Sunday, March 15, 2015

Hail, Caesar

Two-thousand and fifty nine years ago today, Julius Caesar was stabbed 23 times, by conspiring peers, friends and enemies. The medical conclusion, after one of the first known recorded post-mortems in history, was that only one of the multiple stab wounds was considered a fatal blow. 

Prior to his assassination, it is said by historians of the time, that Caesar was warned of the impending danger by a seer named Surinna. Later, William Shakespeare immortalized this warning with the dramatic quote, "Beware the ides of March," in his play Julius Caesar.

The seer Surinna was actually a haruspex. A man who divines prophesies by reading the entrails of religiously sacrificed animals, the way some gypsy ladies read tea leaves.

So, what do the stab wounds of an assassinated Roman dictator and a fortune teller who believed animal guts have to do with Surviving?

Two very important things.

Firstly, it only takes one fatal blow to kill you. No matter how many blows or injuries you suffer, only one of them, ever, will be fatal.

And secondly, trust your guts.

Regarding the blows:
Surviving is about all manner of injuries, emotional and physical, that sometimes compound over time. But, no matter how hurt you are, no matter how wounded, no matter how many wounds you receive - it is vital to keep fighting to survive. Because until that final blow, there is hope. There is breath in us yet. We are human. We feel every injury. We hurt. But, we endure. 

Yes, of course, there will be a final blow for us all, someday. It may come in a hospital bed from illness, or in our sleep from old age, or getting hit by a bus full of tourists. That isn't the point. The point is to live every moment in the meantime. Not to waste these moments focusing on each and every blow we received and dreading each one to come. We have the ability to heal, grow, and see beauty. We can feel happiness. Cling to those moments to get you through whatever onslaught of blows you face.

Regarding the guts:
Trust yours. Plain and simple.
If you feel like something is wrong, seek help. If you feel uneasy, hunt for something to ease you. If you feel like there is no point, find one. If you feel lost, take a moment to search for yourself. If you feel there are warning signs, heed them. 

You know you better than anyone else. You know your body, your mind, and your heart. Trust your feelings. Do whatever it takes to make things right inside you, around you, and for you. It is part of how we all survive and a big part of healing for continued survival.

Like the ides of March, there will be bad days with many blows. But, there will also be good days. 

Get through the bad days by clinging to the good ones. Make the good days better by letting go of the bad ones. No regrets. Breathe Brave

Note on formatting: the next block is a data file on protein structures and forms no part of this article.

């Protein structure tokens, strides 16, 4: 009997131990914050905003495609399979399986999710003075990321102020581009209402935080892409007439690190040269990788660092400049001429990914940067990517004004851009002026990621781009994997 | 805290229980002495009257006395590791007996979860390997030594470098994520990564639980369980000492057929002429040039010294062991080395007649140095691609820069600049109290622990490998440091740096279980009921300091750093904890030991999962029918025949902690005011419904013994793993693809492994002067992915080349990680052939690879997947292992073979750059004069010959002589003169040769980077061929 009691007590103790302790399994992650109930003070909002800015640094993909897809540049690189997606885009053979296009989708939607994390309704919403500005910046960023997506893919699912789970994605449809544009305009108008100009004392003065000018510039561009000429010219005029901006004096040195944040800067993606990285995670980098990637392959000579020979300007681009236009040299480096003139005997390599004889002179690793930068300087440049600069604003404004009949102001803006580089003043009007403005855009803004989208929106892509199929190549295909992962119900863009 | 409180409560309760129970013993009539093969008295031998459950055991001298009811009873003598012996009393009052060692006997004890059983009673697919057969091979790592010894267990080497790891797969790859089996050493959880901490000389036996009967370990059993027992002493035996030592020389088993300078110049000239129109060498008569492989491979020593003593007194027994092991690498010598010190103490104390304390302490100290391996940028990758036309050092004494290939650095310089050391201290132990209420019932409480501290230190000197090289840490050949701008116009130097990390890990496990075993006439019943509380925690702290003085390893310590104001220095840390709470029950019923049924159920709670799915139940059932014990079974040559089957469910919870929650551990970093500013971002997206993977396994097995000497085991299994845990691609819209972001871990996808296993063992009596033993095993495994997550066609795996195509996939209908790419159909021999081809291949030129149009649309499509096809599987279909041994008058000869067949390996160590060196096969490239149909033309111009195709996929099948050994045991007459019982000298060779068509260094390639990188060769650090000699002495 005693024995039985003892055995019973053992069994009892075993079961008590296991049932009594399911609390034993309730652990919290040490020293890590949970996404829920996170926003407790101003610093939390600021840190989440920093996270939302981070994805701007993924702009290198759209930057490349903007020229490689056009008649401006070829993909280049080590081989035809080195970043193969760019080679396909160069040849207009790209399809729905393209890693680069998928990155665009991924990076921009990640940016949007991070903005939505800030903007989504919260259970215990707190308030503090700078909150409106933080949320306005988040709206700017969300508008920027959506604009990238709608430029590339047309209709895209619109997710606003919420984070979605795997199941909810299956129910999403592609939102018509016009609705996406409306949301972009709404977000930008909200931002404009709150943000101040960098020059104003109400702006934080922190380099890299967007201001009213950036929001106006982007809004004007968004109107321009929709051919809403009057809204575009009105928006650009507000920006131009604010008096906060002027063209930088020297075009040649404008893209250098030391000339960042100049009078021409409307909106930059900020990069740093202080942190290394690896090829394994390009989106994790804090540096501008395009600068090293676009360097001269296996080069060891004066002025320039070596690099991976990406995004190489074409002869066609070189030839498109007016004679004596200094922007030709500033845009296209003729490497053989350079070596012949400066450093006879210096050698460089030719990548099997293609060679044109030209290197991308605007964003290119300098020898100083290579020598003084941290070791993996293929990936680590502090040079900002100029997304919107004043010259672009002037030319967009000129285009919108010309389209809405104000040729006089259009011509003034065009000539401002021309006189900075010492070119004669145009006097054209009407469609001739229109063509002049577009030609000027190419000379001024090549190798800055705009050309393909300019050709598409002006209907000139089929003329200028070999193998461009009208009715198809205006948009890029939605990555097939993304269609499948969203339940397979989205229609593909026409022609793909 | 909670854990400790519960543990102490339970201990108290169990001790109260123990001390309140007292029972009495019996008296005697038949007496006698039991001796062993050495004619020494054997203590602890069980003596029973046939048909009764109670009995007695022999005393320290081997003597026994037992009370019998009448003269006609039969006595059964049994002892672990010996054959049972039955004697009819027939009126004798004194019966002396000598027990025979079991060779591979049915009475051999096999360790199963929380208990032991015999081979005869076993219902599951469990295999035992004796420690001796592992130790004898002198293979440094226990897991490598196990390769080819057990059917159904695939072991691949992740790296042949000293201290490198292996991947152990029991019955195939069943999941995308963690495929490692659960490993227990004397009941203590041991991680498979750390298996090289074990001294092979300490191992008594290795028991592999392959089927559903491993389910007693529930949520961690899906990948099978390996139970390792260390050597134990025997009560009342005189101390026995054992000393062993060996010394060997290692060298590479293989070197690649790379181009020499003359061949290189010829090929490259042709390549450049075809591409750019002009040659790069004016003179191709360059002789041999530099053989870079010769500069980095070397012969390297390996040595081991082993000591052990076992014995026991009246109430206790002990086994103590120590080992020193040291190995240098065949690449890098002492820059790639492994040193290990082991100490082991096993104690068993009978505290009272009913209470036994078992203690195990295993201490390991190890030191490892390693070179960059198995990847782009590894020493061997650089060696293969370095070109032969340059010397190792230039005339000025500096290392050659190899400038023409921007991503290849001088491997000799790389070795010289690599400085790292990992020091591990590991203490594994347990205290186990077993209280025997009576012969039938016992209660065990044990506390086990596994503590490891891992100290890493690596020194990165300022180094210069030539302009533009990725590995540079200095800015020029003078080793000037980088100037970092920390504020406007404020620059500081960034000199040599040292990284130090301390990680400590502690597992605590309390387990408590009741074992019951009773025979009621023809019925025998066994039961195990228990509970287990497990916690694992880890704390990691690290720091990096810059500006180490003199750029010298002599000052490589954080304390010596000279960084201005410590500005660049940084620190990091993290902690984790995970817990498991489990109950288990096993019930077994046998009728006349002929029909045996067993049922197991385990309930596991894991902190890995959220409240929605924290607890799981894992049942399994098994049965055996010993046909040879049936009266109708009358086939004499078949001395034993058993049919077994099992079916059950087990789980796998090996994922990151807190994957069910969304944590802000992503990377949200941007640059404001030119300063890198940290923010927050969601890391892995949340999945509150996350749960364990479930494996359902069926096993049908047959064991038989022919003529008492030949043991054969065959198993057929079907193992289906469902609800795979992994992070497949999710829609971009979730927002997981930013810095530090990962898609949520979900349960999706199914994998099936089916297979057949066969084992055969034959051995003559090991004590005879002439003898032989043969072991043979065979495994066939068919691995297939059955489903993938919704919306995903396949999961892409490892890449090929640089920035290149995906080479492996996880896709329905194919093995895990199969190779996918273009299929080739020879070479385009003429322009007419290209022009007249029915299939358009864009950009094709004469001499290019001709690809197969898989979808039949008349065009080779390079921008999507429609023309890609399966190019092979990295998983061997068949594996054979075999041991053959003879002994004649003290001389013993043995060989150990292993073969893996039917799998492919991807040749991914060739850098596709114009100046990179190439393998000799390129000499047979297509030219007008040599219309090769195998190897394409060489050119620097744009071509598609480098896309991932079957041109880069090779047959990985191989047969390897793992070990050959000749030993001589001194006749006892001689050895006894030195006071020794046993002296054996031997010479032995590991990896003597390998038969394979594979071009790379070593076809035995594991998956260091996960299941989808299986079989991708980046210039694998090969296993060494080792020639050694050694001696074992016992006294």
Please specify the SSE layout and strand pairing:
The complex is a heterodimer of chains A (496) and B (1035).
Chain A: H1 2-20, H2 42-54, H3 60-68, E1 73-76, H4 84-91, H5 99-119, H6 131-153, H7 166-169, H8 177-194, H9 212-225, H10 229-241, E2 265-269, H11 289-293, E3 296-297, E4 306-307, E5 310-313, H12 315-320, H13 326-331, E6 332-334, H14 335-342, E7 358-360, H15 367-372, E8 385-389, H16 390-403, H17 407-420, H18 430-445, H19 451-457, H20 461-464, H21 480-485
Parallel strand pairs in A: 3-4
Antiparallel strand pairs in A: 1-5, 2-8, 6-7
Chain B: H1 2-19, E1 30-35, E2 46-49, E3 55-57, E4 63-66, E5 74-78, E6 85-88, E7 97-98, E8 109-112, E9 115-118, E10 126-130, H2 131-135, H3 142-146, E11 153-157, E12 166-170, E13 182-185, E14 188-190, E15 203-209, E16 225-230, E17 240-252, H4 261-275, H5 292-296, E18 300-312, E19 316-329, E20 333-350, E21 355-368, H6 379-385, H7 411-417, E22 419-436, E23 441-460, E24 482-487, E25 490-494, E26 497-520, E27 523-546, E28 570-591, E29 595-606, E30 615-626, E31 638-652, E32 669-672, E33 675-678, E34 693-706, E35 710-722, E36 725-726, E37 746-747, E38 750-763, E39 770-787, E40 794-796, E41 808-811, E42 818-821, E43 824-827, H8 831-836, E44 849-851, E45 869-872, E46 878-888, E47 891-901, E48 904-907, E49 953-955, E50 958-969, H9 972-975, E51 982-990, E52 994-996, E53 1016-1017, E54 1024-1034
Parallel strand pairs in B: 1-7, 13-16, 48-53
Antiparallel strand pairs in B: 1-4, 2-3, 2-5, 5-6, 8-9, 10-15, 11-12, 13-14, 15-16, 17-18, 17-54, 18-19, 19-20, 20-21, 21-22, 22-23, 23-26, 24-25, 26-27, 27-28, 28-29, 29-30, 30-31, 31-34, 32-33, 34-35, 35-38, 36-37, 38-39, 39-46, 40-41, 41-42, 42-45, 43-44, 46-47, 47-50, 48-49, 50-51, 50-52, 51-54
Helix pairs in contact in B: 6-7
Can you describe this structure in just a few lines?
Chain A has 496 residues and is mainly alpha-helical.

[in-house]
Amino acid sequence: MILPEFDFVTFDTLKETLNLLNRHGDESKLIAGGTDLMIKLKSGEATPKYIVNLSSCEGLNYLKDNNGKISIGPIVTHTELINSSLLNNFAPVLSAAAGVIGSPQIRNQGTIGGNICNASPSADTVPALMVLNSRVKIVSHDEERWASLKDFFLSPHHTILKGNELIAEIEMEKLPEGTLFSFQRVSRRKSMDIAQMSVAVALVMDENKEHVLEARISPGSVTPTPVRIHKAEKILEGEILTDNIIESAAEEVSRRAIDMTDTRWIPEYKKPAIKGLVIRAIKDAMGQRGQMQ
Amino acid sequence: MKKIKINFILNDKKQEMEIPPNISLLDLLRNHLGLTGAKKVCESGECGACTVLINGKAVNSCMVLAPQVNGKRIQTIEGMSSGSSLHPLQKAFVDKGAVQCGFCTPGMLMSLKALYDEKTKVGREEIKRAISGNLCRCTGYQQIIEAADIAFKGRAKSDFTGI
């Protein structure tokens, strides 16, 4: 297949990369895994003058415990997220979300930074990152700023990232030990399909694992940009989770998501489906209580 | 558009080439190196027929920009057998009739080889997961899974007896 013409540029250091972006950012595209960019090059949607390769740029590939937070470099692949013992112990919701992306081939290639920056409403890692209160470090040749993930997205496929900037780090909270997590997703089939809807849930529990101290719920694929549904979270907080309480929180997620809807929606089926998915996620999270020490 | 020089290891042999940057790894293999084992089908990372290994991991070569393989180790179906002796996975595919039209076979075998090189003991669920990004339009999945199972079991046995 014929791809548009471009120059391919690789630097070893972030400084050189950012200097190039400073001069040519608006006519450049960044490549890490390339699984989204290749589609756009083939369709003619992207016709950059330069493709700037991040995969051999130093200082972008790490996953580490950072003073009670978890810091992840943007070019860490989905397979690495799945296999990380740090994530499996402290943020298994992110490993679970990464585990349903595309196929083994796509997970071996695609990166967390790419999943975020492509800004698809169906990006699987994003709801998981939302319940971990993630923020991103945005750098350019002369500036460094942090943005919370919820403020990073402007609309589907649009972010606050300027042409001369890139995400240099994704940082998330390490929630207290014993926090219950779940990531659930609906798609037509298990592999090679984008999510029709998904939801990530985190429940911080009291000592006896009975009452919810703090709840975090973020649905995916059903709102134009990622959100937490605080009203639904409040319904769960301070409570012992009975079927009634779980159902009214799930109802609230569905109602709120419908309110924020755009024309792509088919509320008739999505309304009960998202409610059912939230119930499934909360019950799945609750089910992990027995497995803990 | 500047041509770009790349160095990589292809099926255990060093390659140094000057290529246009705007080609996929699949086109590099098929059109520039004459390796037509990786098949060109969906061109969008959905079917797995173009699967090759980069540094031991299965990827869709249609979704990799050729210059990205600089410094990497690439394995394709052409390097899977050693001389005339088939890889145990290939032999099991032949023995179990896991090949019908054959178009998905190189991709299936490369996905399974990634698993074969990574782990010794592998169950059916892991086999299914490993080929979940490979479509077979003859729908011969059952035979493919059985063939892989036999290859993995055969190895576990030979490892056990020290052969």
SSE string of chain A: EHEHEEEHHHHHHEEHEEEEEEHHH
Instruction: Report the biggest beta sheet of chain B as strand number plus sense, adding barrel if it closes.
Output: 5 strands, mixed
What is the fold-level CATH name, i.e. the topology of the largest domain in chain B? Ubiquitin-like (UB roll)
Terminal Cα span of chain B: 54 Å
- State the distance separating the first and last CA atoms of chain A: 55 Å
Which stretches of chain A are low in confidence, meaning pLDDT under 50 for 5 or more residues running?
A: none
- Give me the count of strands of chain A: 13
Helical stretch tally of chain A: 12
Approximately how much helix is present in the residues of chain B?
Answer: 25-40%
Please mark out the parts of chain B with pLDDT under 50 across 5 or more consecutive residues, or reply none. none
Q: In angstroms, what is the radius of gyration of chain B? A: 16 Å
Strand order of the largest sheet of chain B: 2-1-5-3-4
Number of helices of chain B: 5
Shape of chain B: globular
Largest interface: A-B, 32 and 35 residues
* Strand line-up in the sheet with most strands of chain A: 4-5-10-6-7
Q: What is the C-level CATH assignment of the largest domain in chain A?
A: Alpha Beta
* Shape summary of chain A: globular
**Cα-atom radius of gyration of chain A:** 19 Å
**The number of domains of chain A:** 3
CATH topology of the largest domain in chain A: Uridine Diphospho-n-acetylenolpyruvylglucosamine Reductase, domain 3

Saturday, March 14, 2015


It is important during survival to find sources of support that will genuinely aid in your healing and not hinder it. Sometimes this support can be in life-changing gestures or treatments. Other times, it can be found in those who we bring closest to our hearts during our upheaval. 

But, never underestimate the value of a good nurse.

A lot of survivors end up getting to know a lot of nurses. 

Nurses often get a bad rap. Like all people, they come in a variety of types. Sadly, some are indifferent or inept and others are insensitive or cruel. But, there are more Florence Nightingales out there then Nurse Ratcheds. 

Nurses who can make hard times easier and lessen the impact of scary times. They can see you when you are at your worst and still manage to like you. They help people heal and offer gentle hands for those transitioning through their final days. 

It is a hard job to watch people suffer and sometimes a thankless one.

Nurses deserve our gratitude. 

Especially the ones who:

Apologize when they have to stick you with needles,
Offer you snacks or drinks when you are stuck sitting somewhere too long,
Bring you blankets when cold rooms and treatments leave you freezing,
Wear festive scrubs to brighten dull treatments,
Smile when they see you,
Make boring hours fun,
Remember you without looking at a chart,
Listen to your story,
Share their stories with you,
Help you laugh when you feel bad,
Hold your hand when you know pain,
Check on you often,
Genuinely seem to worry about you,
Relish in your victories,
Console you during your setbacks,
Treat you with dignity and respect,
& are just plain Nice and Friendly.

If you have a nurse who makes your survival easier and less painful, be sure to give thanks.

Personally I would like to thank each and every nurse at the Peninsula Cancer Institute Infusion Therapy Clinic in Gloucester, Virginia. These ladies have truly been Nightingales for me. PCI Infusion Therapy

Friday, March 13, 2015


People have a superstitious fear of Friday the 13th and often face the date with trepidation.

Surviving trauma can be like this. 

In general, we often tend to fixate on the negative, getting overcome with worry and dread. And when dealing with the all too real aspects of a traumatic event, crisis, or illness, darker thoughts can creep up on you to the extreme. With so many bad days to get through, you can find yourself wasting the good days waiting for the other shoe to drop. This fear, whether rational or irrational, can be paralyzing.